OUBS Committee, 2017-18

President: Adele Curness  (St John’s College)

adeleI am a DPhil student researching the impact made upon Byzantine southern Italy by political and economic change in 9th and 10th century North Africa. Using literary and material evidence from Greek-speaking Christians on the Italian mainland compared and contrasted with examples from Muslim communities in Sicily, Tunisia, and Egypt, I assess whether Calabria, in touching distance of the Muslim world on the Empire’s westernmost frontier, was influenced more by the Constantinopolitan centre or by the Islamic powers of the Western Mediterranean.

Alongside my research I am a keen musician, and if there is a trashy TV show that exists I am guaranteed to have watched it.

Treasurer: Constanta Burlacu (Wolfson College)

20170921_121003Coming from a background in Modern Languages, currently I am completing an MPhil programme in Slavonic Studies. In particular my research concerns the 16th Century and the Cyrillic printing tradition in Transylvania, Wallachia and Moldova. I am interested in studying the circulation of printed and written material in the Slavic world and the cultural movements involved in it. Being the 16th Century a turning point in Western Europe, I want to understand what happened in the East.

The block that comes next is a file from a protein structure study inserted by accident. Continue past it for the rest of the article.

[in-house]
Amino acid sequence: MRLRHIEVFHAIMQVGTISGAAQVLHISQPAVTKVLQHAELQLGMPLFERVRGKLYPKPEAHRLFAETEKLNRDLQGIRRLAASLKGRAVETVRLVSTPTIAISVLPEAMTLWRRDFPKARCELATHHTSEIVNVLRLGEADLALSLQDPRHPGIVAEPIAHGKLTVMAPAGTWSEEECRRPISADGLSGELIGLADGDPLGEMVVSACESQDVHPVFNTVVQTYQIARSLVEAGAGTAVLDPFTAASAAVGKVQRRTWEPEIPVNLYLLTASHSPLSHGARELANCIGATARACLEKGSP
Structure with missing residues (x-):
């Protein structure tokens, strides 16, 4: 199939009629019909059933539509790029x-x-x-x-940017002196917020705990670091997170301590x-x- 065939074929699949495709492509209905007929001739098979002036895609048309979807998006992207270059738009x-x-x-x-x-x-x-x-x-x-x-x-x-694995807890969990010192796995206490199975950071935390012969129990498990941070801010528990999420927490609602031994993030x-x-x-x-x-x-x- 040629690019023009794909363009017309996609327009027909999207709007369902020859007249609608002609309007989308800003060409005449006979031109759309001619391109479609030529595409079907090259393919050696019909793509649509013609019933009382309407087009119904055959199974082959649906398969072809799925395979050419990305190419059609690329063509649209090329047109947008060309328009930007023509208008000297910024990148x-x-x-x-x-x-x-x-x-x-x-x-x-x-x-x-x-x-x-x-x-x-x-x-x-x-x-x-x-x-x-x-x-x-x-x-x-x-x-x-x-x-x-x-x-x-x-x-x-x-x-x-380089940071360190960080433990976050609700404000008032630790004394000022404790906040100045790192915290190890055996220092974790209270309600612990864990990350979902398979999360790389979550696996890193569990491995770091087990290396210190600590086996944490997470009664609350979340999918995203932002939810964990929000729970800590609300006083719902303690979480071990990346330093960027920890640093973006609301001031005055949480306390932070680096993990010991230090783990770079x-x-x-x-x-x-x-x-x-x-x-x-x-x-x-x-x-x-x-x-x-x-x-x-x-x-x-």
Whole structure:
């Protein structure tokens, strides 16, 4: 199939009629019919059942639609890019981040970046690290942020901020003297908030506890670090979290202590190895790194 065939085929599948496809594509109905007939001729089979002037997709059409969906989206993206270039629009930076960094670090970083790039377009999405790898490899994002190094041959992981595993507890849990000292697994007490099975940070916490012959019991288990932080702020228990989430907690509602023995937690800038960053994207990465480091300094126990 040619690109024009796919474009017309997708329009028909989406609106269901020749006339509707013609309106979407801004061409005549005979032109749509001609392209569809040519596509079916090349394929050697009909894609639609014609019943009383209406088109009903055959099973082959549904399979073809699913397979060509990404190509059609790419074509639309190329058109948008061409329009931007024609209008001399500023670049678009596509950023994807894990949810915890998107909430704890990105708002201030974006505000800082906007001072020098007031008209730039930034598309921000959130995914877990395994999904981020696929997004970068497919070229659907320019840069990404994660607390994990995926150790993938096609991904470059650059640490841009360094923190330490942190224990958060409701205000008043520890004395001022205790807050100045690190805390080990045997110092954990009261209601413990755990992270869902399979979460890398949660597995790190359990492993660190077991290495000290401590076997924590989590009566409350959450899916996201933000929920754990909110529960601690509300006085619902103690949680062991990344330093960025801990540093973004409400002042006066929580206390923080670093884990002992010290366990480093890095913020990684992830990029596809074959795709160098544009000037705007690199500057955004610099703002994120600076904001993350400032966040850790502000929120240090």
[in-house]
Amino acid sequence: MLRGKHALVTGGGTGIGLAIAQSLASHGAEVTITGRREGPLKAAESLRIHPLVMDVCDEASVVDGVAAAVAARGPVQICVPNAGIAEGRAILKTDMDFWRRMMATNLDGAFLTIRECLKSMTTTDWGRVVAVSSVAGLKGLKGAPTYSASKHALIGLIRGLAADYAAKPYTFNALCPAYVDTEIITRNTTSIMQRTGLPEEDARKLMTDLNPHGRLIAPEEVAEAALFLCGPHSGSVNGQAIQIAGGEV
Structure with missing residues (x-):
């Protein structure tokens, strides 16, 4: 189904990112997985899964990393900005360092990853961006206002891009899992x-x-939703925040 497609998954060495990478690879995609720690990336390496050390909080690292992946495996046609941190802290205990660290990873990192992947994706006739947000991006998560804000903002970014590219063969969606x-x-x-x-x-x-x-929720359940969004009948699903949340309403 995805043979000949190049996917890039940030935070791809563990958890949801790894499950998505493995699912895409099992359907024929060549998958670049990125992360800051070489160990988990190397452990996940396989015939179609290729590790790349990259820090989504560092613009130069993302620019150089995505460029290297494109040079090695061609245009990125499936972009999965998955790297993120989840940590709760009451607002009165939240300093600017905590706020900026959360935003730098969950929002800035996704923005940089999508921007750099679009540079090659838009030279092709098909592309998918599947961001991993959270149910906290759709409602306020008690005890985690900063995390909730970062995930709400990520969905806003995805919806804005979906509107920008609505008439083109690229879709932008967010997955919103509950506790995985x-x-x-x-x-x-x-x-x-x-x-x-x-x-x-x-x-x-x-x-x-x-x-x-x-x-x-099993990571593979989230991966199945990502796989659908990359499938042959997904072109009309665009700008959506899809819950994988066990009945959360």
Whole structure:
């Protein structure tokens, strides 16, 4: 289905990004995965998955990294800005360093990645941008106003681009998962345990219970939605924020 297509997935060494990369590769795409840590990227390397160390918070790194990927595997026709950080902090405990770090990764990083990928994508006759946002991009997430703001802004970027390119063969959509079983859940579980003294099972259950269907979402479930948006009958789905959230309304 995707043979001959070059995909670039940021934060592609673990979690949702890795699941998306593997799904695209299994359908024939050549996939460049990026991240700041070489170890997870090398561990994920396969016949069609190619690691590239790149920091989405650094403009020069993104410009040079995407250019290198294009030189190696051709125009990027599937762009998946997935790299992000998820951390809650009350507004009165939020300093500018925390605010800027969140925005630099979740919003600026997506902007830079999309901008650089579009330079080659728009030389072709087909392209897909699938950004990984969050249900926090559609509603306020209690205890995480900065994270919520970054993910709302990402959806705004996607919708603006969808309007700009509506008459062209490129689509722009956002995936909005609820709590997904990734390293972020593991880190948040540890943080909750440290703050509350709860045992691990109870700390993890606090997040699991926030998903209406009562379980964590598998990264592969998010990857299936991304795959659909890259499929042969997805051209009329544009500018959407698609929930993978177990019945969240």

And even though Philology is quite an interesting subject, once outside the library I like reading while drinking some good Italian coffee, drawing down some hints of a painting and listening to good music – and it’s nice when all this goes together!

Secretary: Sydney Taylor (Lincoln College)

Portrait of Sinop Archaeological Project Team MemberI am a second-year DPhil student in Classical Archaeology,  although this is my fourth year in Oxford.  During my MPhil in Classical Archaeology, I became interested in Late Antique and Early Byzantine material culture, particularly related to extra-ecclesiastical ritual, when looking at material evidence for the cult of angels.   My DPhil research focuses primarily on Roman-period and Late Antique funerary stelai from Anatolia.